There’s a new player in the mobile market. With media bluster Amazon CEO, Jeff Bezos, introduced the Fire Phone to the world on Wednesday, June 18th.
Fire Phone Stats
- 4.7 inch screen
- 13 megapixel camera
- Stereo speakers
- Quad Core 2.2 GHz processor
- AT&T is exclusive carrier for year one
- Unlimited photo storage on Amazon’s Cloud Drive
- Mayday 24×7 support connected to AT&T for billing and network issues
- One-year membership to Amazon Prime
- Shipping date: July 25th
- Price: $199 for a 32GB model or $299 for the 64GB model
Amazon Shopping Gets Even More Intuitive
One of Fire Phone’s coolest features is the Firefly app. While not directly stated, Android users may recognize Firefly as an extension of Amazon’s Flow app. At its core Firefly uses the onboard camera to identify products by label, book cover, artwork, and even fruits and vegetables. None of this is too surprising given Amazon’s retail foundation. Firefly also knows what to do with barcodes, QR codes, phone numbers, URLs, and emails from text on posters and other documents. Amazon says Firefly will recognize over 100 million products including 245,000 movies and TV shows, 160 live TV channels, 35 million songs, and 70 products . . . and yes, you might have already guessed, once a product is identified a user will get the option to purchase that item directly from Amazon.
A Firefly SDK is already available featuring support for text, audio, and image identifiers. MyFitnessPal will make it easier for users to keep a food diary by providing nutritional information for products recognized by Firefly. Vivino’s popular wine aficionado app will incorporate label recognition. iHeartRadio will let you fine tune your playlist by listening. I’m hoping that BeerAdvocate follows suit. Just think what this could do for identifying auto parts!
3-D Comes to the Small Screen
The most unique feature is the Dynamic Perspective System, a 3D screen utilizing four corner-mounted cameras and infrared LEDs to track a user’s head, and adjust the screen for multiple purposes. Tilting the phone allows users to ‘peek’ around a map, reveal off canvas menus, or manipulate animation with one-handed gestures. While interesting, Dynamic Perspective is only available on one phone, on one carrier, so developers may be slow to adopt the technology.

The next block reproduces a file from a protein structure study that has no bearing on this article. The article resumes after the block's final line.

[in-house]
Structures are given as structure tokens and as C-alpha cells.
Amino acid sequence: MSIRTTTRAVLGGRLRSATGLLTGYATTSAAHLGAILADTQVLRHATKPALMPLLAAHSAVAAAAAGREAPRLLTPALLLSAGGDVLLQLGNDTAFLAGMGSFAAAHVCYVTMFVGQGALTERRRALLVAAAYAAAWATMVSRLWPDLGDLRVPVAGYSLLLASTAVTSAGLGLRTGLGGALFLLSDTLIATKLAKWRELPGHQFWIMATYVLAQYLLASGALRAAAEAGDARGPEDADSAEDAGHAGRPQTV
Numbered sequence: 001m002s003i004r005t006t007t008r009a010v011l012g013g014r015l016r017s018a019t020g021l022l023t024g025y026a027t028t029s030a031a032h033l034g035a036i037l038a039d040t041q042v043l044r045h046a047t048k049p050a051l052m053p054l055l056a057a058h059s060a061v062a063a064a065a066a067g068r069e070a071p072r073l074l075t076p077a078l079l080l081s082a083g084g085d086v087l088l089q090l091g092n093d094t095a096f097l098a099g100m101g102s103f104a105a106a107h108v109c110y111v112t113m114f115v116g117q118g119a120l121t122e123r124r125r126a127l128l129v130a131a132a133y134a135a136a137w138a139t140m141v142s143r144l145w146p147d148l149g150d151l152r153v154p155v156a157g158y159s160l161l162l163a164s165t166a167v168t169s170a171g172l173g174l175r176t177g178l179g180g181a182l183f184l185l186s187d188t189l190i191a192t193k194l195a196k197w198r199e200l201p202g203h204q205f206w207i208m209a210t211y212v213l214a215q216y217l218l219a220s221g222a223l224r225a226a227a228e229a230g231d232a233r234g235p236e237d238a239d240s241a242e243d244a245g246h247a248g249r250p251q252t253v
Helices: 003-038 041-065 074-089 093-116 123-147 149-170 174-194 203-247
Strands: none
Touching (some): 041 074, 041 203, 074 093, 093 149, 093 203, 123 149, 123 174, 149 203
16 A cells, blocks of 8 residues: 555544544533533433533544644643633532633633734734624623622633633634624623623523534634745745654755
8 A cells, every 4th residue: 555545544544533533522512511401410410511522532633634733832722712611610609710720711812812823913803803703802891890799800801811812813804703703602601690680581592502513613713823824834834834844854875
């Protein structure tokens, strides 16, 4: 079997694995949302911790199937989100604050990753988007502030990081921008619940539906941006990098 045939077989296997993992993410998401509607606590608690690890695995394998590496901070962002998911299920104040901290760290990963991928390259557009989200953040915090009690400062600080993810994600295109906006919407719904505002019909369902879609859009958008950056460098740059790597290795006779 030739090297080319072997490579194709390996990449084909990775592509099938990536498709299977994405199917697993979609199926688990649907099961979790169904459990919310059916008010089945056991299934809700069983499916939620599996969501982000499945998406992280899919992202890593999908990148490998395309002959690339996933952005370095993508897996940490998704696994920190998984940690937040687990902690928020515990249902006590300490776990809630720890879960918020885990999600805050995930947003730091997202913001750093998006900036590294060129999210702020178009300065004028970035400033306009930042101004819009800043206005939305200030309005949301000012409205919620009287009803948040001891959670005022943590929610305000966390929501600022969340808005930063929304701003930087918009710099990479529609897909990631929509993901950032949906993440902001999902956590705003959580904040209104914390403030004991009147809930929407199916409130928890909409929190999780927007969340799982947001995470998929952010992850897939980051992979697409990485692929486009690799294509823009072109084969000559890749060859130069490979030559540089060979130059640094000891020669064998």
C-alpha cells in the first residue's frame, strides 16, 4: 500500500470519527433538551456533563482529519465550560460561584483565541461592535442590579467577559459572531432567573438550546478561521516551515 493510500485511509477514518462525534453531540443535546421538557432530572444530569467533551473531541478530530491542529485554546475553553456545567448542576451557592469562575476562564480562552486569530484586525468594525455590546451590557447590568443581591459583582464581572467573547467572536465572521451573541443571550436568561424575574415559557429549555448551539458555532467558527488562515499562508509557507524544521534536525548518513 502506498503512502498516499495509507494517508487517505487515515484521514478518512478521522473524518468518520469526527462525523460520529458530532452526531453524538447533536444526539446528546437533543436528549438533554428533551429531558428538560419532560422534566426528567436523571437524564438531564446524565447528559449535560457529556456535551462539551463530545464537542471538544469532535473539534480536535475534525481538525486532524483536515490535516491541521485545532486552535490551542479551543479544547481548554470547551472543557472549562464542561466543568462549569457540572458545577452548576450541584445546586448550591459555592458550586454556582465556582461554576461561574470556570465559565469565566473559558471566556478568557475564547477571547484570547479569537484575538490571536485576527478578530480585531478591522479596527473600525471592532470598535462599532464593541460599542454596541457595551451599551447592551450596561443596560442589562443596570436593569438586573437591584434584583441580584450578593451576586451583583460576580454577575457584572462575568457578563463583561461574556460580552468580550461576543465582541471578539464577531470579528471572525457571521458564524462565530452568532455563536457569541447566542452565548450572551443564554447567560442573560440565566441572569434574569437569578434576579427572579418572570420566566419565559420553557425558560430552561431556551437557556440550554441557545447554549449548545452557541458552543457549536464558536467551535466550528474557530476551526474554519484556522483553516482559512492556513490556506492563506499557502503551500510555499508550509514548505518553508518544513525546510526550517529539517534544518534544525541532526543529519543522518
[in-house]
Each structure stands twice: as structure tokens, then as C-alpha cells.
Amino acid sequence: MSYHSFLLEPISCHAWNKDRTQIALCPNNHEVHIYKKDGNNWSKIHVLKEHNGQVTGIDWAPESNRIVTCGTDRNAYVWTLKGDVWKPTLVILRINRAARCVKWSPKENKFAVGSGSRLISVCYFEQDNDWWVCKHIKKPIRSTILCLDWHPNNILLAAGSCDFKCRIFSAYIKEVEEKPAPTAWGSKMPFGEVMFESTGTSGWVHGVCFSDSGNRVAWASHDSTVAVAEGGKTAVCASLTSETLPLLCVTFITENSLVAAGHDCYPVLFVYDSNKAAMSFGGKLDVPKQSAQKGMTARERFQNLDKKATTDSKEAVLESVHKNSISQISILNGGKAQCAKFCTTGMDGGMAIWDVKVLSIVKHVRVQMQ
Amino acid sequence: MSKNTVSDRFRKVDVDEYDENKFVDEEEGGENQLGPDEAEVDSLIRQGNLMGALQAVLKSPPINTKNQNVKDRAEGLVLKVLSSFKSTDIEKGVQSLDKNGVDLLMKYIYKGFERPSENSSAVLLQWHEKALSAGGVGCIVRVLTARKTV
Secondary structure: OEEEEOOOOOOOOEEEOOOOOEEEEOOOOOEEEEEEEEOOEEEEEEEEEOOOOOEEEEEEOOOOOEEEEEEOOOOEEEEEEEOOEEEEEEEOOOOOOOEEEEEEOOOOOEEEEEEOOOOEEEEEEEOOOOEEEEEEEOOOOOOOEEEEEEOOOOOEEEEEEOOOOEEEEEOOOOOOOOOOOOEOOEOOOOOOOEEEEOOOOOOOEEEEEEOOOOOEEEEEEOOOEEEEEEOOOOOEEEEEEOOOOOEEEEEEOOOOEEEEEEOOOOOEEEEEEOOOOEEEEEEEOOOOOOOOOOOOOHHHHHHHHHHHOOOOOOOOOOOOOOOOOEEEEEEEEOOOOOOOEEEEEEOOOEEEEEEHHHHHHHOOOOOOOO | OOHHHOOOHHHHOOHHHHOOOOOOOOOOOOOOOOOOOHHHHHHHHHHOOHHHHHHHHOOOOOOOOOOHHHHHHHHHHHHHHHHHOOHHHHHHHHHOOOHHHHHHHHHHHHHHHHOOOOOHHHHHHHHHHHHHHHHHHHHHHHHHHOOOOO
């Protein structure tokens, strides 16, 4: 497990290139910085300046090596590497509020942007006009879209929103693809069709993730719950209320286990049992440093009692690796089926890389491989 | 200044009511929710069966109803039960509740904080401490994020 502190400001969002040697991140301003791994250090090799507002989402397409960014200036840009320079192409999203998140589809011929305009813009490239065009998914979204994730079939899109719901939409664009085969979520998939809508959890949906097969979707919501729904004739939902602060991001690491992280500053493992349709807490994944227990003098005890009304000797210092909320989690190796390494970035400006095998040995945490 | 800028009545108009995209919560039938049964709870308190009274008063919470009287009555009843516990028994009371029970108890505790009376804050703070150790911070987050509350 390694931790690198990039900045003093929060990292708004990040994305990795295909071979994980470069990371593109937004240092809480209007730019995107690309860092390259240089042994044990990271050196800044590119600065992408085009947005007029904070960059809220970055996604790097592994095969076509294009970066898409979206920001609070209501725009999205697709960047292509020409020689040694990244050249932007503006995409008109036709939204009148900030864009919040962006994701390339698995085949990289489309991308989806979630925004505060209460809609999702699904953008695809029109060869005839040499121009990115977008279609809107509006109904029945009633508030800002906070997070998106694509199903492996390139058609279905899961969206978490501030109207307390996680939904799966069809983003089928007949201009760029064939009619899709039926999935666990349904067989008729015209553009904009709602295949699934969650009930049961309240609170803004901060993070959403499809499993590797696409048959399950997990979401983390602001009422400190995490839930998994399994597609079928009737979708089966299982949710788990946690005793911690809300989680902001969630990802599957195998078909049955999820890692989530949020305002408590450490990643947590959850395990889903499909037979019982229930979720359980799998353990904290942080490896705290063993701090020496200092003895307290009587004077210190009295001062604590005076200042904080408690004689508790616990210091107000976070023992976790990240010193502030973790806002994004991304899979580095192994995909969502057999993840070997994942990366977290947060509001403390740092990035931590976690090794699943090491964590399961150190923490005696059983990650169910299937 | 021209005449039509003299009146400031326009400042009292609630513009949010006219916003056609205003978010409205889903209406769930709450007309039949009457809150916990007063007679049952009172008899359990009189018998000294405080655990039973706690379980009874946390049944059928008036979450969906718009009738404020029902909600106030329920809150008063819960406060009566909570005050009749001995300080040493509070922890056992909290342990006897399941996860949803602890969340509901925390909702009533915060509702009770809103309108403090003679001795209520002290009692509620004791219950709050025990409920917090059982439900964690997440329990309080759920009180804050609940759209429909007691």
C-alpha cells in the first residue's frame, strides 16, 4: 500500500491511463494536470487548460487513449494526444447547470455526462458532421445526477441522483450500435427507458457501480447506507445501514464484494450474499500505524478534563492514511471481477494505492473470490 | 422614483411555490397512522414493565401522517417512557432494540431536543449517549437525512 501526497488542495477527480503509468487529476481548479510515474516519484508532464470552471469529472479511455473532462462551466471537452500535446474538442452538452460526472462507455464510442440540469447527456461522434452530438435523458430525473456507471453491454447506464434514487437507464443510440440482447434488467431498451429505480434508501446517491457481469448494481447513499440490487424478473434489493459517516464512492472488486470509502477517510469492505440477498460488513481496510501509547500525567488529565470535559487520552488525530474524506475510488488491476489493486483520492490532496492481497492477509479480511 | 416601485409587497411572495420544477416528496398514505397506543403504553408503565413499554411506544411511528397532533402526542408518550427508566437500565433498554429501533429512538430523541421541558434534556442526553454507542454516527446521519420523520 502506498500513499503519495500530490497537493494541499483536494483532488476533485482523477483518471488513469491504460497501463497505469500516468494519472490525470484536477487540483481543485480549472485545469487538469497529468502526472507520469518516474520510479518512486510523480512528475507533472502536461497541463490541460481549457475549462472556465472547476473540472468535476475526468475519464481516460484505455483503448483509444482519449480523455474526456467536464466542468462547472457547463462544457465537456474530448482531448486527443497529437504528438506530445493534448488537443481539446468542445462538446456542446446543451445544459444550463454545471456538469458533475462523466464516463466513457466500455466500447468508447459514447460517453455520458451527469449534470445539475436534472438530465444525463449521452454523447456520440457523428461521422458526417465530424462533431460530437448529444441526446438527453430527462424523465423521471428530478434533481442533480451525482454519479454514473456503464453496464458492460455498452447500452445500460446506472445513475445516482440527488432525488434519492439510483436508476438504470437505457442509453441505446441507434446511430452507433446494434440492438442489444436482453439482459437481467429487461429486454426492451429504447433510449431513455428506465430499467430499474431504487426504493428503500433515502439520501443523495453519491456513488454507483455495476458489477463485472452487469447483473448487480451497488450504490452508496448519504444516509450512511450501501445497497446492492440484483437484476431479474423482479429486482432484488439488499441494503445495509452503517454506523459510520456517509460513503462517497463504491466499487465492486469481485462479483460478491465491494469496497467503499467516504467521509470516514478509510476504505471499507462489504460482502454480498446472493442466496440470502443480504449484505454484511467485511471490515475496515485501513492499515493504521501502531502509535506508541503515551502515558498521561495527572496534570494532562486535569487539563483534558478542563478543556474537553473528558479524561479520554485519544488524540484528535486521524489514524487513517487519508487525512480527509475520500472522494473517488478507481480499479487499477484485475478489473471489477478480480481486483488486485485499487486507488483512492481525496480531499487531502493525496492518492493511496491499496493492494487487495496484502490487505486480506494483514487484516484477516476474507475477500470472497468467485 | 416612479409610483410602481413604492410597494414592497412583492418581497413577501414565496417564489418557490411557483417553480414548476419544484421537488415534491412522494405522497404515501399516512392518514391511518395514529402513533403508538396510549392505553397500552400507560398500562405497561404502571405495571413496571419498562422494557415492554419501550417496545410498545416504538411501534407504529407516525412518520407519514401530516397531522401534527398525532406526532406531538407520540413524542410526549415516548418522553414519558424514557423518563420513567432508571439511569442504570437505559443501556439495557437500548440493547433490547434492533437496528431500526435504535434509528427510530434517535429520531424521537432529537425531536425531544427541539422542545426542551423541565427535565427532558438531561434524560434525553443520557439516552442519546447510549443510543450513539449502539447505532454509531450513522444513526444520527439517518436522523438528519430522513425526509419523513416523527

Fire Phone is powered by FireOS 3.5, a modified version of Android Jellybean 4.2.2, adding animated lock screens, and replacing traditional Android buttons with twist/tilt gesture and swipe controls to open menus. Unfortunately, FireOS lacks Google services like Chrome, Maps, Hangouts, Chat, and most importantly Play Store.
Due to the premium price point, consumers will compare the Fire Phone to top tier competitors like the Samsung Galaxy S5 and iPhones. Apple and Google die hards aren’t likely to abandon their devices for version one of an untested platform. Fire Phone is an excellent candidate for loyal Amazon customers who aren’t addicted to specific apps on their current phones. I just don’t know how many are out there.
I strongly believe that great hardware drives initial sales, and the Fire Phone is a premium device, but a robust app store drives long term adoption. The Amazon Appstore is nowhere close to Google Play or Apple’s App Store. Android developers can publish their apps to the Amazon store with minor tweaks. History shows that doesn’t usually happen. Take Windows Phone for example. Microsoft has an enormous user base, some excellent devices with a smooth OS, and while they will almost certainly become a major player, it’s been a long, tough road. Does Amazon have the staying power?